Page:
Researcher Emad Gad observed, “the writers who speak for the authorities, and the followers of Wahabism in Egypt consistently resort to the use of intimidation and bullying in their articles and speeches on two occasions: the first being rather limited and marginal, and is in response to the demands of the champions of change and political reform who are calling for increased civil and political freedoms, while the second involves prompt reactions to the Coptic demands of equality, and particularly as related to citizenship … the main purpose behind this intimidating language is to terrorize the Egyptian Copts, and to put an end to their quest for equality and full citizenship rights, and in that instance, the writers speaking for the authorities join with the various factions of the Muslim Brotherhood as they both opt for an Islamized State, and partial citizenship for the Copts” (27).  

Writer Mahmoud Al-Zuheiry commented, “I read the text of the lecture delivered by Bishop Thomas, and found no fault with the lecture that would justify an attack against the man; what the Bishop said was very disturbing for some people who do not make a proper distinction between Arabism, citizenship and Islam, because they have turned religion into a nation, made Arabism an integral part of religion, without which it can not be complete, and made the deeds, words, biographies and history of Muslims part of religion” (28).

Writer Hassan Khalil stated, “I am fully entitled to write in Arabic and to say that I’m not an Arab, there is no contradiction here, as there is no contradiction for a Kenyan who says I’m not British or American. Since we have lived for long centuries with Arabic we took possession of the language as Taha Hussein has previously explained.. The Iranian Sibawayh Who devised the grammatical rules of Arabic is not the only one to claim its ownership, as we are also owners of this language which has served for so long as a vehicle for our history and thoughts… we are Egyptians, whether we like it or not, we are not Arabs no matter how long we speak Arabic, and regardless of the neighbourly relations that bind us to the Arabs” (29).  

Thus, the reactions to Bishop Thomas’ lecture in the Egyptian press revealed the heightened tension between Muslims and Christians, and between secularists and Salafi fundamentalists in Egypt; they have clearly demonstrated that the fundamentalist current is the mainstream in Egypt whether at the level of the authorities or in the street. The mainstream in Egypt is hostile to the United States, Israel, the West and Secularism, and is in favour of maintaining the status quo of the Copts as second-class citizens. The reactions revealed what was already known to those who follow the Egyptian affairs closely, and what many have been predicting as regards the future prospects of Egypt, which is edging its way, rather quickly, towards a religious Islamic state.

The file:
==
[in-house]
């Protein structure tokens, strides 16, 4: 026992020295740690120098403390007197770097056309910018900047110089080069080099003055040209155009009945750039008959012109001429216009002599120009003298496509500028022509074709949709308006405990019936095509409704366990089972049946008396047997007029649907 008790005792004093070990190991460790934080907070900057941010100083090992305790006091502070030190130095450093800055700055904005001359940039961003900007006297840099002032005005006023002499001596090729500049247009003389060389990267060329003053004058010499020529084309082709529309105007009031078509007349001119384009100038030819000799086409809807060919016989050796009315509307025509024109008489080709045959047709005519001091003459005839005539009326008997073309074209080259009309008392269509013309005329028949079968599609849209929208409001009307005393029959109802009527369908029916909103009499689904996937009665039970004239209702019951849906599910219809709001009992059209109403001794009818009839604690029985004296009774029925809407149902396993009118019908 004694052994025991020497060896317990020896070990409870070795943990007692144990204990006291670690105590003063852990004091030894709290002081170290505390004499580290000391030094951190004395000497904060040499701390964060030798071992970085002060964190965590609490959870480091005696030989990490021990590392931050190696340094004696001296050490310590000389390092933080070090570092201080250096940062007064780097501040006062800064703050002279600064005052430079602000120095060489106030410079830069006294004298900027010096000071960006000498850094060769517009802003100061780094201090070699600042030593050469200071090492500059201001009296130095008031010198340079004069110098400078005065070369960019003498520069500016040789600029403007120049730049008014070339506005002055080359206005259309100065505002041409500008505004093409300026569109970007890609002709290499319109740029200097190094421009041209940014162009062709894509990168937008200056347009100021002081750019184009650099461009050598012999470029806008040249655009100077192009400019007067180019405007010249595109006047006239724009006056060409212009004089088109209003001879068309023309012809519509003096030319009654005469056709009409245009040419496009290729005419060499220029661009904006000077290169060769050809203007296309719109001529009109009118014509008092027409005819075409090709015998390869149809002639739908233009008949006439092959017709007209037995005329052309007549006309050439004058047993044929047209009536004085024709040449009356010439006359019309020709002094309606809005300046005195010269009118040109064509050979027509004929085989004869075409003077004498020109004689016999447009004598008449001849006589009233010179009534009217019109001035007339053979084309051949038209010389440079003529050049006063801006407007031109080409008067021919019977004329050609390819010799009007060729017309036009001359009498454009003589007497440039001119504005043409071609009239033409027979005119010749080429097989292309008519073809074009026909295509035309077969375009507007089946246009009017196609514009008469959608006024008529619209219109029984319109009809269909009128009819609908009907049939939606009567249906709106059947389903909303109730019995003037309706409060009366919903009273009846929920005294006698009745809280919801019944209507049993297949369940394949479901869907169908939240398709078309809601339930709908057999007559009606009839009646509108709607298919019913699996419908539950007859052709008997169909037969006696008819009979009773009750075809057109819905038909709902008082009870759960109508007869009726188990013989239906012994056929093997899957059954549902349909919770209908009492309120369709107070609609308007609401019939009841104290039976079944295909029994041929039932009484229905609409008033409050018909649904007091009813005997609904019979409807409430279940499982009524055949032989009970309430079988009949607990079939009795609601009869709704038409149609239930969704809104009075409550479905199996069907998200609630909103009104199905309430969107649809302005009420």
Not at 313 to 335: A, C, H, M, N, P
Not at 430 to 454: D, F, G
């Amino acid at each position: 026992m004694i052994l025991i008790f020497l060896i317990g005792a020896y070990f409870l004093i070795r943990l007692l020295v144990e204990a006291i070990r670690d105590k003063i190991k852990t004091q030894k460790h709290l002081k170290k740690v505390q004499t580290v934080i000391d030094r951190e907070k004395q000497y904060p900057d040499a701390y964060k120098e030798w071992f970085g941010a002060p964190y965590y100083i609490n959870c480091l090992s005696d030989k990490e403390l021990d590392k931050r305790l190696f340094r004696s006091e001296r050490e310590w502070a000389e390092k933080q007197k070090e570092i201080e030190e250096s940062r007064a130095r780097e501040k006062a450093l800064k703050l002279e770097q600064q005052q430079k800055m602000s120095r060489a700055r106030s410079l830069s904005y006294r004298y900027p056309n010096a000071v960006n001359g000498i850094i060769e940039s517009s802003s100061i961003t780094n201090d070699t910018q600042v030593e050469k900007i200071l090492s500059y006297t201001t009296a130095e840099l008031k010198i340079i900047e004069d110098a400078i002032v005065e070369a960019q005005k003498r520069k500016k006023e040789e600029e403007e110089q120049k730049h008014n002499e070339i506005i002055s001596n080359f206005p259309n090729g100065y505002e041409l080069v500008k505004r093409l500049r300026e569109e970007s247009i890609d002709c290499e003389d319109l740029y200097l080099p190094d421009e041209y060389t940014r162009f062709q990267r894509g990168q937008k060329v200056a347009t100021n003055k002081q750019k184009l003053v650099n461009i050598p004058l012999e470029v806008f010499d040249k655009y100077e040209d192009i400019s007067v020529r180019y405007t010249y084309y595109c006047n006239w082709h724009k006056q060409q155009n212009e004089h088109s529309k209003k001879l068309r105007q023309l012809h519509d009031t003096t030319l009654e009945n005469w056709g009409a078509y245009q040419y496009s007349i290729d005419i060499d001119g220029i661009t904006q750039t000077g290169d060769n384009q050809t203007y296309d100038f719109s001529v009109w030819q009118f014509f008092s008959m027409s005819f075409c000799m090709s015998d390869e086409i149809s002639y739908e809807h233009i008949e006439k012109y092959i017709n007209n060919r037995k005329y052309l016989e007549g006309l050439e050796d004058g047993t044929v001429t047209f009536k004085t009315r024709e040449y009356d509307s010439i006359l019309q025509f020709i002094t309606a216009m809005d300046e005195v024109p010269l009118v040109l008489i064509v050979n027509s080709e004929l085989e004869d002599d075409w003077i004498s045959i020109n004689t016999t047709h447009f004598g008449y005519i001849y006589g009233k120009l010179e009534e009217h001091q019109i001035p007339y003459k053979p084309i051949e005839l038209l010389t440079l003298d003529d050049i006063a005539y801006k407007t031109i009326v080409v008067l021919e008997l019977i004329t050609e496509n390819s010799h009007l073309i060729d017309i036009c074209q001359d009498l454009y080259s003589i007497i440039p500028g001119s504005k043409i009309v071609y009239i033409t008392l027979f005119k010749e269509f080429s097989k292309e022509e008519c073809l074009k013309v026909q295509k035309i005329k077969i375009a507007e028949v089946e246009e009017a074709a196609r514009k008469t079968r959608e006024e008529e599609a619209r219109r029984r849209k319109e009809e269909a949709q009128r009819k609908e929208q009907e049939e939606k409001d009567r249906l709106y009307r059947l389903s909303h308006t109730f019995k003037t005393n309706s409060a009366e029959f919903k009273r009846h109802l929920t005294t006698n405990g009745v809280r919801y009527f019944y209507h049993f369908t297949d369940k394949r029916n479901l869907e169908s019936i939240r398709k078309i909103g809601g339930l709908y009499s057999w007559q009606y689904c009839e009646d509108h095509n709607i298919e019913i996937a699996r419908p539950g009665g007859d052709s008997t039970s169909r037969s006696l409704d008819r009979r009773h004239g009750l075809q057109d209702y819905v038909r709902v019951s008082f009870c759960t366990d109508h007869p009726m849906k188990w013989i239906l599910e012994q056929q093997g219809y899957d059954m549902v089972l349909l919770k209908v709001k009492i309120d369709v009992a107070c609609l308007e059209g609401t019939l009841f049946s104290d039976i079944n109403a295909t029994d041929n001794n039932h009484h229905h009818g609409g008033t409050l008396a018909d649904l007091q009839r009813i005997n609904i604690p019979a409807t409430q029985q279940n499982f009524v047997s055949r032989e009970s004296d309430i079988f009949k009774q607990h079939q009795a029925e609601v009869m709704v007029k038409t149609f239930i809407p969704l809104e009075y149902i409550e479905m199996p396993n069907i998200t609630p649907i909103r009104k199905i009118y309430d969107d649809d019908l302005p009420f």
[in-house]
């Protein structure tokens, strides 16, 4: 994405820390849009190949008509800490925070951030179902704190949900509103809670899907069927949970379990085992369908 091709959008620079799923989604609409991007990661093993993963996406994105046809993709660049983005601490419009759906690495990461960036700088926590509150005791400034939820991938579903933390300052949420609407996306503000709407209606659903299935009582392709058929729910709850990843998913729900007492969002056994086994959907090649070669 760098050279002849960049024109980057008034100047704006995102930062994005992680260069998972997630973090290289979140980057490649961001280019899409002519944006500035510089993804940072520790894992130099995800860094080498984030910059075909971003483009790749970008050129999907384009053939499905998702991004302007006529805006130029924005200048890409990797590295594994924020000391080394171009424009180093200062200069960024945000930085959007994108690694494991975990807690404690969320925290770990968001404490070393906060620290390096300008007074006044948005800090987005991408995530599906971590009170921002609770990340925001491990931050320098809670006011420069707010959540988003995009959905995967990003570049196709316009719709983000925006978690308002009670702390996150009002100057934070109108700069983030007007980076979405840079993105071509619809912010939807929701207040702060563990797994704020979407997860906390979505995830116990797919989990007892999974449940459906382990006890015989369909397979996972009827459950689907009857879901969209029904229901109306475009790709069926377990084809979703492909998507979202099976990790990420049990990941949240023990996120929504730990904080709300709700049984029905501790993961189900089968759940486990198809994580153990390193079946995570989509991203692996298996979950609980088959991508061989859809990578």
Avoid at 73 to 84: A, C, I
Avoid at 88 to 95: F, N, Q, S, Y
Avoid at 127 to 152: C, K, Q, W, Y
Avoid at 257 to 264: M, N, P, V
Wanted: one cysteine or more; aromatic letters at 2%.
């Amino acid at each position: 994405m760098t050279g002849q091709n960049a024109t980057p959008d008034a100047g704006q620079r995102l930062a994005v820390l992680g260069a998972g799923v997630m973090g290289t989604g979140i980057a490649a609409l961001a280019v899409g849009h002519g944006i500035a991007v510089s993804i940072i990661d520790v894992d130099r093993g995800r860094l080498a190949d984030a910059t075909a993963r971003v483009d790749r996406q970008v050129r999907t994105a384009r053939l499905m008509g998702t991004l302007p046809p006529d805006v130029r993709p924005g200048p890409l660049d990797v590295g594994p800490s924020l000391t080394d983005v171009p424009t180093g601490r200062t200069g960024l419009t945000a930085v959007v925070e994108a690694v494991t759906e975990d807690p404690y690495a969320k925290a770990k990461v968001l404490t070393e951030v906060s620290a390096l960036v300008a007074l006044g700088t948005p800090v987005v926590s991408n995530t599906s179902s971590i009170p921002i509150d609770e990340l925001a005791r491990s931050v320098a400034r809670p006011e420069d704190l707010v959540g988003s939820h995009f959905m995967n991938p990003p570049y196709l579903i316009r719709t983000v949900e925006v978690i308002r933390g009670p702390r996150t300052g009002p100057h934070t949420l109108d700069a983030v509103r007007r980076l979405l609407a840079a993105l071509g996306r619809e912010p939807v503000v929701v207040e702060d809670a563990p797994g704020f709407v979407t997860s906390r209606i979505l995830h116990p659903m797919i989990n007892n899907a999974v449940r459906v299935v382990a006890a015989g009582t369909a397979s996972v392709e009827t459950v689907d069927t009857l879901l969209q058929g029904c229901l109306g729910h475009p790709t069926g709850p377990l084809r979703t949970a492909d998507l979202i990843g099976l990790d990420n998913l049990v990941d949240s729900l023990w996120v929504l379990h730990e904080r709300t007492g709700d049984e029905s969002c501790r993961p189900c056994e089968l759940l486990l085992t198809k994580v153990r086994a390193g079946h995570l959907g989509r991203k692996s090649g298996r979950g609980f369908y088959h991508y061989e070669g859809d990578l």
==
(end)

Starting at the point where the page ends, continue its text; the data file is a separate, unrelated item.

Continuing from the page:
1.   Hassan Abu Taleb, Al-Ahram newspaper: “Egypt’s Arabism a fate and destiny”, August 20, 2008.

2.   Abdel Azim Hamad, Al-Ahram newspaper, August 11, 2008.

3.   Abdel Azim Hamad, Al-Ahram newspaper, August 18, 2008.

4.   Fahmi Huwaidi, Al-Dostor newspaper: “A stab against the national community”, August 23, 2008.

5.   Fahmi Huwaidi, Al- Dostor newspaper:“There are conditions for co-existence”, August 26, 2008.

6.   Sherif Al-Dawakheli, Islam Online: Egyptian thinkers, why isn’t Bishop Thomas put on trial like Saad Eddin Ibrahim?” August 27, 2008.

7.   Gamal Asaad, Al- Dostor newspaper, August 20, 2008.

8.   Gamal Asaad, Rosa-Al-Yousef magazine, August 2, 2008.

9.   Al-Ahrar newspaper, August 4, 2008.

10. Gamal Asaad, Al-Mesryoon newspaper: “The hidden ideas in the Thomas’ plot”, August 26, 2008.

11.  Helmi al-Nemnem, Almasry Alyoum: “The Copticized and Copticization”, August 7, 2008.

12.  Zeinab Abdel Aziz, Al-Mesryoon newspaper: “About the Coptic issue”, August 18, 2008.

13.  Khaled Fahmy, Muslim Brotherhood website: “Bishop Thomas and the hatred industry”, August 27, 2008.

14.  Said Abu Taleb, El-Bdeel newspaper, September 8, 2008.

15.  Mounir Megahed, El-Bdeel newspaper: “Remarks on Bishop Thomas’ lecture”, August 9, 2008.

16.  Mounir Megahed El-Bdeel newspaper, August 10, 2008.

17.  Al-Mesryoon newspaper, August 19, 2008.

18.  Sami Mahmoud, Elaph newspaper : “Egypt is not to be punished for its Arab and Islamic identity”, August 29, 2008.

19.  Samer Soliman, El-Bdeel newspaper: “I am an Arab and so is Bishop Thomas”, August 24, 2008.

20.  Almasry Alyoum newspaper, July 31, 2008.

21.  Almasry Alyoum newspaper, July 26, 2008.

22.  Several Coptic websites broadcast the tape of Sheikh Saad Farag speech, including the “Free Copts” website., August 27, 2008

23.  Magdi Khalil, Elaph newspaper: “Egypt for the Egyptians .. Egypt is Egyptian”, August 25, 2008.

24.  Magdi Khalil, Al-Dostor newspaper, August 15, 2008.

25.  Magdi Khalil El-Bdeel newspaper: “The dilemma of Egyptian identity”, August 25, 2008.

26.  Adel Guindy, Al-Ahaly newspaper: “An attempt to settle the argument about the Bishop’s lecture.”, August 20, 2008

27.  Emad Gad, El-Bdeel newspaper: “Citizenship and bullying”, August 31, 2008.

28.  Mahmoud Al-Zuheiry, “Modern Discussion: Arab legacy and the lecture of Bishop Thomas, where does the fault lie?” August 4, 2008.

29.  Hassan Khalil, Website of “Egyptians against Discrimination”, August 20, 2008.


Magdi Khalil

Executive Director of the Middle East Freedom Forum